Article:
The victory must be over a foreign foe and not a civil war
I don’t think we have to expand on this we can understand what a civil war is.
Order of the Triumph procession:
This would be a march down a particular route through the streets of Rome leading to the Capital and the Circus Maximus.
First, the State officials and the senate
Then came the trumpeters
Followed by the spoils taken from the conquered land
An example of this that you can read in the writings of Josephus after the conquering of Jerusalem in the triumph General Titus had the seven-branched candlesticks and golden table of shew bread as well as the seven golden trumpets were carried through the streets in Rome.
Then a picture parade of pictures
This would be of the conquered land; this may include models made of the citadels and other prominent buildings in the conquered land.
Followed by a white bull
The white bull was going to be the sacrifice offered in thanksgiving for the victory to their gods.
Then the captives: Princes, leaders, generals in chains
They were on the way to the circus maximus where they would be used as entertainment for the people as they were led to slaughter by being put to fight wild beasts.
Followed closely by the lictors bearing their rods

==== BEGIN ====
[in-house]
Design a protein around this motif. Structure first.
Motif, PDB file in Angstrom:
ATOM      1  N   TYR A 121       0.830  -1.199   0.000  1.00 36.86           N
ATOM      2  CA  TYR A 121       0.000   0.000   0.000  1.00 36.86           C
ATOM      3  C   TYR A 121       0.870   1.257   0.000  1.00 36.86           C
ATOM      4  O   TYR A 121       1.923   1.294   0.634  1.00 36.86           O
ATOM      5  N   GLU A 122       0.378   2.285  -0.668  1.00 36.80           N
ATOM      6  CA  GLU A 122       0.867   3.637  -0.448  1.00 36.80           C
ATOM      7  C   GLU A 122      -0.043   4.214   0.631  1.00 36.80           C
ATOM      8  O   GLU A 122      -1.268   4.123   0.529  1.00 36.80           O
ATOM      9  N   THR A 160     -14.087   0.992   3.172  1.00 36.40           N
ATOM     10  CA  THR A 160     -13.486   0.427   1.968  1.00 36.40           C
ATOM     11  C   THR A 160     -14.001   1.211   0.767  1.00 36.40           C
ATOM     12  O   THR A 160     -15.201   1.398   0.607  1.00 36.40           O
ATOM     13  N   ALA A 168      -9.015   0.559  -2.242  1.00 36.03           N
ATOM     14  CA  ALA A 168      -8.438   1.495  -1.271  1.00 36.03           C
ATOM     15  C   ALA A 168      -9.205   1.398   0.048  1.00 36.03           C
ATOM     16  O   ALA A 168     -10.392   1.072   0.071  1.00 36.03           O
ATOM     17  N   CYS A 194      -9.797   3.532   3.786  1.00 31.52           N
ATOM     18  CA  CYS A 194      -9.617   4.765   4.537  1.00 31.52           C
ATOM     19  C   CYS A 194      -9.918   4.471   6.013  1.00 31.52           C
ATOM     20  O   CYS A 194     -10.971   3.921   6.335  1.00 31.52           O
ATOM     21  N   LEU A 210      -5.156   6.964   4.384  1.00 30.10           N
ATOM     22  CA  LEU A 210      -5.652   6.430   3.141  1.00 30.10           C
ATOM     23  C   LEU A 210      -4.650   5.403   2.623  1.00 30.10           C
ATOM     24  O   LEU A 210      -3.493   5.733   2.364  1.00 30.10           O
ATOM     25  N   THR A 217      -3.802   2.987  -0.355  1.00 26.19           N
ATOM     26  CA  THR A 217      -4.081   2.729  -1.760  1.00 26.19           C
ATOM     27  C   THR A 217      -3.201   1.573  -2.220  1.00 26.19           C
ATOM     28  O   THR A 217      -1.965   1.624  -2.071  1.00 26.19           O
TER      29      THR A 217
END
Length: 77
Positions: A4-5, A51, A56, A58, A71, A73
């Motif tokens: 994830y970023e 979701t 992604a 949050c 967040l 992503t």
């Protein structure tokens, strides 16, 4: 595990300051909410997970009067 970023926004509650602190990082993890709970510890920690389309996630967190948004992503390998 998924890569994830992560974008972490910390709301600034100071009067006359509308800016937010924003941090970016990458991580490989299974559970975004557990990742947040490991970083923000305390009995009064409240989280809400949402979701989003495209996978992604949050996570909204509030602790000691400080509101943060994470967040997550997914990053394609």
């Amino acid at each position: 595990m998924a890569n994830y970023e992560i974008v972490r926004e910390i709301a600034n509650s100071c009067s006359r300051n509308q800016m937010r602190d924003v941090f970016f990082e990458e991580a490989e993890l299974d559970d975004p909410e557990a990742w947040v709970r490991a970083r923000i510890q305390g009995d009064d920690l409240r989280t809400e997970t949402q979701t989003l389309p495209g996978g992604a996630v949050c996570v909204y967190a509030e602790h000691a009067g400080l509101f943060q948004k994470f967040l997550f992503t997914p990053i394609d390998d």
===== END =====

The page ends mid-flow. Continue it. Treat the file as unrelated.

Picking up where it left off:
They were magistrates that accompanies Roman royal officials when they made public appearances.
Then the musicians
With their lyres making a sweet melody to the people in this victorious parade
Then the priests
Coming bearing and waving their censers with the sweet-smelling incense burning in them. (more on this symbolically speaking shortly)
Then the triumph general
Riding in a golden chariot, surrounded by his officers.
He would be clad in a purple toga with golden palm leaves. He would hold an Ivory Scepter with Roman eagle as its top. Over his head a slave would hold the crown of Jupiter.
Following him was his family
Finally the victorious army in all their array and awards
What a special day that would have been not just for the triumph general but for all the Roman people it was a huge victory that all celebrated.
This is what Paul pictured as Christ marching victorious in triumph throughout the world.
The priest with the incense-filled censers to the victors it would be a sweet perfume of joy and triumph.To the captives it was a perfume of march leading to death.
Paul and the apostles the “we” and “us” the pronouns used in context today were proclaiming this victory, this triumph through the gospel of Christ. To those who accept to life, to those who refuse it is the perfume, fragrance of death.
Paul lived with a clear conscience, a pure heart with pure motives and certainty found only in Christ Jesus and Him crucified.